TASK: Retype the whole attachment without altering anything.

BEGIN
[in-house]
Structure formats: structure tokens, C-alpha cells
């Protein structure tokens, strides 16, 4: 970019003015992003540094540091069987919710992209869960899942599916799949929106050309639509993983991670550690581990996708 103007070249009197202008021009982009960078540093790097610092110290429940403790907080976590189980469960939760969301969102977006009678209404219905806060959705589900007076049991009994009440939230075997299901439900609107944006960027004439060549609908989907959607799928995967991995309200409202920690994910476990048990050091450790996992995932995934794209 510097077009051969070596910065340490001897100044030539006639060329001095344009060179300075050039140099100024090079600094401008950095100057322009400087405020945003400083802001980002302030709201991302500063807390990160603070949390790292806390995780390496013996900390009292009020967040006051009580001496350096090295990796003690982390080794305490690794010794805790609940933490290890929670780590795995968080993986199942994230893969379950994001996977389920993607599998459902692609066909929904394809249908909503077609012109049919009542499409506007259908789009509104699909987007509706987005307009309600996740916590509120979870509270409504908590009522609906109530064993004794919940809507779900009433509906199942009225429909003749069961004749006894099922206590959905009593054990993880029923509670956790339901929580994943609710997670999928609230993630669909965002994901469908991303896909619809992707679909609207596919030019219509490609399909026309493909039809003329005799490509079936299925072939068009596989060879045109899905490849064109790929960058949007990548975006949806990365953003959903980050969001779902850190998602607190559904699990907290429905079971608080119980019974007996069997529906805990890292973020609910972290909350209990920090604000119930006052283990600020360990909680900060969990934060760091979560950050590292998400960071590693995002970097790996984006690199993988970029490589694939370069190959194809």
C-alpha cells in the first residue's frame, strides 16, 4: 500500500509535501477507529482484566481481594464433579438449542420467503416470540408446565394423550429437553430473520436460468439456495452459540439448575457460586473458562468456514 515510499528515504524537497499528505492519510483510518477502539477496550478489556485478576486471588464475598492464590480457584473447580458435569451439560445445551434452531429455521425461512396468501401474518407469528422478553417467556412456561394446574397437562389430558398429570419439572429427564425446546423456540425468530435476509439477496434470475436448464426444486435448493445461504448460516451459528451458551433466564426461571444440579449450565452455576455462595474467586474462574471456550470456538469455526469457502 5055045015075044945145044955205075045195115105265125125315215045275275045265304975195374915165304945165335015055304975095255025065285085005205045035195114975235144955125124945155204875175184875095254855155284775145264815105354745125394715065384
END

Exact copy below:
[in-house]
Structure formats: structure tokens, C-alpha cells
């Protein structure tokens, strides 16, 4: 970019003015992003540094540091069987919710992209869960899942599916799949929106050309639509993983991670550690581990996708 103007070249009197202008021009982009960078540093790097610092110290429940403790907080976590189980469960939760969301969102977006009678209404219905806060959705589900007076049991009994009440939230075997299901439900609107944006960027004439060549609908989907959607799928995967991995309200409202920690994910476990048990050091450790996992995932995934794209 510097077009051969070596910065340490001897100044030539006639060329001095344009060179300075050039140099100024090079600094401008950095100057322009400087405020945003400083802001980002302030709201991302500063807390990160603070949390790292806390995780390496013996900390009292009020967040006051009580001496350096090295990796003690982390080794305490690794010794805790609940933490290890929670780590795995968080993986199942994230893969379950994001996977389920993607599998459902692609066909929904394809249908909503077609012109049919009542499409506007259908789009509104699909987007509706987005307009309600996740916590509120979870509270409504908590009522609906109530064993004794919940809507779900009433509906199942009225429909003749069961004749006894099922206590959905009593054990993880029923509670956790339901929580994943609710997670999928609230993630669909965002994901469908991303896909619809992707679909609207596919030019219509490609399909026309493909039809003329005799490509079936299925072939068009596989060879045109899905490849064109790929960058949007990548975006949806990365953003959903980050969001779902850190998602607190559904699990907290429905079971608080119980019974007996069997529906805990890292973020609910972290909350209990920090604000119930006052283990600020360990909680900060969990934060760091979560950050590292998400960071590693995002970097790996984006690199993988970029490589694939370069190959194809």
C-alpha cells in the first residue's frame, strides 16, 4: 500500500509535501477507529482484566481481594464433579438449542420467503416470540408446565394423550429437553430473520436460468439456495452459540439448575457460586473458562468456514 515510499528515504524537497499528505492519510483510518477502539477496550478489556485478576486471588464475598492464590480457584473447580458435569451439560445445551434452531429455521425461512396468501401474518407469528422478553417467556412456561394446574397437562389430558398429570419439572429427564425446546423456540425468530435476509439477496434470475436448464426444486435448493445461504448460516451459528451458551433466564426461571444440579449450565452455576455462595474467586474462574471456550470456538469455526469457502 5055045015075044945145044955205075045195115105265125125315215045275275045265304975195374915165304945165335015055304975095255025065285085005205045035195114975235144955125124945155204875175184875095254855155284775145264815105354745125394715065384